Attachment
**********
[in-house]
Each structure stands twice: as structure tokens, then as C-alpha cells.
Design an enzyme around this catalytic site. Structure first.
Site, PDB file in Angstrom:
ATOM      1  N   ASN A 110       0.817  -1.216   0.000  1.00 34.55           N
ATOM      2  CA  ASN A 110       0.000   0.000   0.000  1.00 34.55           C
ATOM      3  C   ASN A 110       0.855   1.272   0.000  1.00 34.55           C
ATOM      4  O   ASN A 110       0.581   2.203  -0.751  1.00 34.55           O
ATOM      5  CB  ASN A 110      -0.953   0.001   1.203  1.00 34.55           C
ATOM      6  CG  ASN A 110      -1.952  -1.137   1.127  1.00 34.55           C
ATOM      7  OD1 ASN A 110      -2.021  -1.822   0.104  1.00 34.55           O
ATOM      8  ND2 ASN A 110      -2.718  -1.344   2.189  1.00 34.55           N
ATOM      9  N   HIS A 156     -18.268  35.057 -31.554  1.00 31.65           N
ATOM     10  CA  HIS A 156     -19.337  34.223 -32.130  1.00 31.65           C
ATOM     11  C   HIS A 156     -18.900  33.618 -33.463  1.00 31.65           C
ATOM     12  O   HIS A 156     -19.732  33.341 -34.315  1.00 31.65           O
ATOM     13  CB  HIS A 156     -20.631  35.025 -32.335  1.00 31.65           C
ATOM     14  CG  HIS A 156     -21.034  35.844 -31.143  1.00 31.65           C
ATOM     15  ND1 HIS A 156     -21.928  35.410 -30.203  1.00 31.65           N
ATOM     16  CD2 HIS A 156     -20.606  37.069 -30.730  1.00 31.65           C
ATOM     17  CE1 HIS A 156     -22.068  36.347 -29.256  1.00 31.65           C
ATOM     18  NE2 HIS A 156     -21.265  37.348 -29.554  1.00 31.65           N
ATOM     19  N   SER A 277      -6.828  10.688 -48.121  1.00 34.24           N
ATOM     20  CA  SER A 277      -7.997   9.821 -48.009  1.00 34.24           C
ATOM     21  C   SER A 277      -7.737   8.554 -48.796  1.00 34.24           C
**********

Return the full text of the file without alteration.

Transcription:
[in-house]
Each structure stands twice: as structure tokens, then as C-alpha cells.
Design an enzyme around this catalytic site. Structure first.
Site, PDB file in Angstrom:
ATOM      1  N   ASN A 110       0.817  -1.216   0.000  1.00 34.55           N
ATOM      2  CA  ASN A 110       0.000   0.000   0.000  1.00 34.55           C
ATOM      3  C   ASN A 110       0.855   1.272   0.000  1.00 34.55           C
ATOM      4  O   ASN A 110       0.581   2.203  -0.751  1.00 34.55           O
ATOM      5  CB  ASN A 110      -0.953   0.001   1.203  1.00 34.55           C
ATOM      6  CG  ASN A 110      -1.952  -1.137   1.127  1.00 34.55           C
ATOM      7  OD1 ASN A 110      -2.021  -1.822   0.104  1.00 34.55           O
ATOM      8  ND2 ASN A 110      -2.718  -1.344   2.189  1.00 34.55           N
ATOM      9  N   HIS A 156     -18.268  35.057 -31.554  1.00 31.65           N
ATOM     10  CA  HIS A 156     -19.337  34.223 -32.130  1.00 31.65           C
ATOM     11  C   HIS A 156     -18.900  33.618 -33.463  1.00 31.65           C
ATOM     12  O   HIS A 156     -19.732  33.341 -34.315  1.00 31.65           O
ATOM     13  CB  HIS A 156     -20.631  35.025 -32.335  1.00 31.65           C
ATOM     14  CG  HIS A 156     -21.034  35.844 -31.143  1.00 31.65           C
ATOM     15  ND1 HIS A 156     -21.928  35.410 -30.203  1.00 31.65           N
ATOM     16  CD2 HIS A 156     -20.606  37.069 -30.730  1.00 31.65           C
ATOM     17  CE1 HIS A 156     -22.068  36.347 -29.256  1.00 31.65           C
ATOM     18  NE2 HIS A 156     -21.265  37.348 -29.554  1.00 31.65           N
ATOM     19  N   SER A 277      -6.828  10.688 -48.121  1.00 34.24           N
ATOM     20  CA  SER A 277      -7.997   9.821 -48.009  1.00 34.24           C
ATOM     21  C   SER A 277      -7.737   8.554 -48.796  1.00 34.24           C